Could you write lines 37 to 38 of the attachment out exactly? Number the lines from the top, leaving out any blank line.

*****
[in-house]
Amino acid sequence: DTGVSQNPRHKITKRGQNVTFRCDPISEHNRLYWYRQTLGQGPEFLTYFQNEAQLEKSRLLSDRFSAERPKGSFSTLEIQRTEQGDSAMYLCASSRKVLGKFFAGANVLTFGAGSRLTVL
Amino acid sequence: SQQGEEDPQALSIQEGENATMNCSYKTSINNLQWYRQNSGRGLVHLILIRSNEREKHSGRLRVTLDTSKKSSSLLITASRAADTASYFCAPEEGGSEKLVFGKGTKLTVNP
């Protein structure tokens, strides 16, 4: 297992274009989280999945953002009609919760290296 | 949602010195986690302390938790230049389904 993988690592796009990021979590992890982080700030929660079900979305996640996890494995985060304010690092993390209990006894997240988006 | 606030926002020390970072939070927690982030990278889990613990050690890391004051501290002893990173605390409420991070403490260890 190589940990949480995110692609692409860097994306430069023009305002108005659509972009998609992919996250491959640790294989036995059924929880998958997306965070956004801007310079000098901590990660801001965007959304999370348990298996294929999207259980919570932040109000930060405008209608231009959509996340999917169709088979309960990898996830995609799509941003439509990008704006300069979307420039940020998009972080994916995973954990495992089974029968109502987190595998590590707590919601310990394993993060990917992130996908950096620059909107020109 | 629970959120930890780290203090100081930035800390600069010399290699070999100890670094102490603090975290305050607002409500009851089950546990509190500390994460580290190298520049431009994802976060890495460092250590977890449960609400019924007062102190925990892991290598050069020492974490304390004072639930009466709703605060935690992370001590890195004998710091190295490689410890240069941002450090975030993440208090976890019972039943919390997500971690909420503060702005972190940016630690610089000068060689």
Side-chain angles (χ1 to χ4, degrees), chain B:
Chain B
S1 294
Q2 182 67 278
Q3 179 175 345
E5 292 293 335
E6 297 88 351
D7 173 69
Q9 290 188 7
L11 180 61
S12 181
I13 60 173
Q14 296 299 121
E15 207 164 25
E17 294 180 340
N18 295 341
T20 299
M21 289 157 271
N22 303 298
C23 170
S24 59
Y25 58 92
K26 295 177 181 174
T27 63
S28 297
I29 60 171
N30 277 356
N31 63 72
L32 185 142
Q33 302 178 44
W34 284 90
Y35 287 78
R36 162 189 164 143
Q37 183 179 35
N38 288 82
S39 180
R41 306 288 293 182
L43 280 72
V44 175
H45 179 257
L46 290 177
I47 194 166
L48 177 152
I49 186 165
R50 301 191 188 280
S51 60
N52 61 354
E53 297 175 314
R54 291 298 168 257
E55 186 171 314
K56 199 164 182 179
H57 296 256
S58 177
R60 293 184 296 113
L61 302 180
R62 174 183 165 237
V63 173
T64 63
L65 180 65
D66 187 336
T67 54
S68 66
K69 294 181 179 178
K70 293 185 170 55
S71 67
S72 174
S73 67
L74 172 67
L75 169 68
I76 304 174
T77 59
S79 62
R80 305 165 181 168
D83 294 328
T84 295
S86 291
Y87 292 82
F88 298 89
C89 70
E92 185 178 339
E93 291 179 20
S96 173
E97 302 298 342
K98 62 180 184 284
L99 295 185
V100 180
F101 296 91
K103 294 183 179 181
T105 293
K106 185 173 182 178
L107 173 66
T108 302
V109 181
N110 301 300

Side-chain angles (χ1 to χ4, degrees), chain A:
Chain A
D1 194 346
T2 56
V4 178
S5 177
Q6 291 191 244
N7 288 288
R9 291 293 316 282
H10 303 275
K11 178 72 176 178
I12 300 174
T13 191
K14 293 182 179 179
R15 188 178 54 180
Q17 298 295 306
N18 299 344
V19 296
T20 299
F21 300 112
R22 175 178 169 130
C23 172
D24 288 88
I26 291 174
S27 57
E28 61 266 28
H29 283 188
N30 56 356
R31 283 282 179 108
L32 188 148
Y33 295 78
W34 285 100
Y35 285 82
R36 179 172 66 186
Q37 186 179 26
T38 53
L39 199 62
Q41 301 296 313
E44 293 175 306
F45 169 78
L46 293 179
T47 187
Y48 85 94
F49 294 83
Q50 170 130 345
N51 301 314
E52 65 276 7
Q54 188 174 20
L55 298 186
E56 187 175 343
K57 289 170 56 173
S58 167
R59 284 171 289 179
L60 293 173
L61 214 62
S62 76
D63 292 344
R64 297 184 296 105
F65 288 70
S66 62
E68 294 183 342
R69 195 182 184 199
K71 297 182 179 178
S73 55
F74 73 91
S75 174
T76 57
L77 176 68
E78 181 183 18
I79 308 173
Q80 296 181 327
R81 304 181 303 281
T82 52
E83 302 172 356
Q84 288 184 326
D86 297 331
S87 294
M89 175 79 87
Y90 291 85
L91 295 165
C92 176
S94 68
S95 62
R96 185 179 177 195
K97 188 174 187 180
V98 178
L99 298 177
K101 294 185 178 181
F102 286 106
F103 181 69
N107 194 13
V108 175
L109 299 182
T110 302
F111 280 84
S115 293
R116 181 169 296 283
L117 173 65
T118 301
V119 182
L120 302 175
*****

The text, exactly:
R36 162 189 164 143
Q37 183 179 35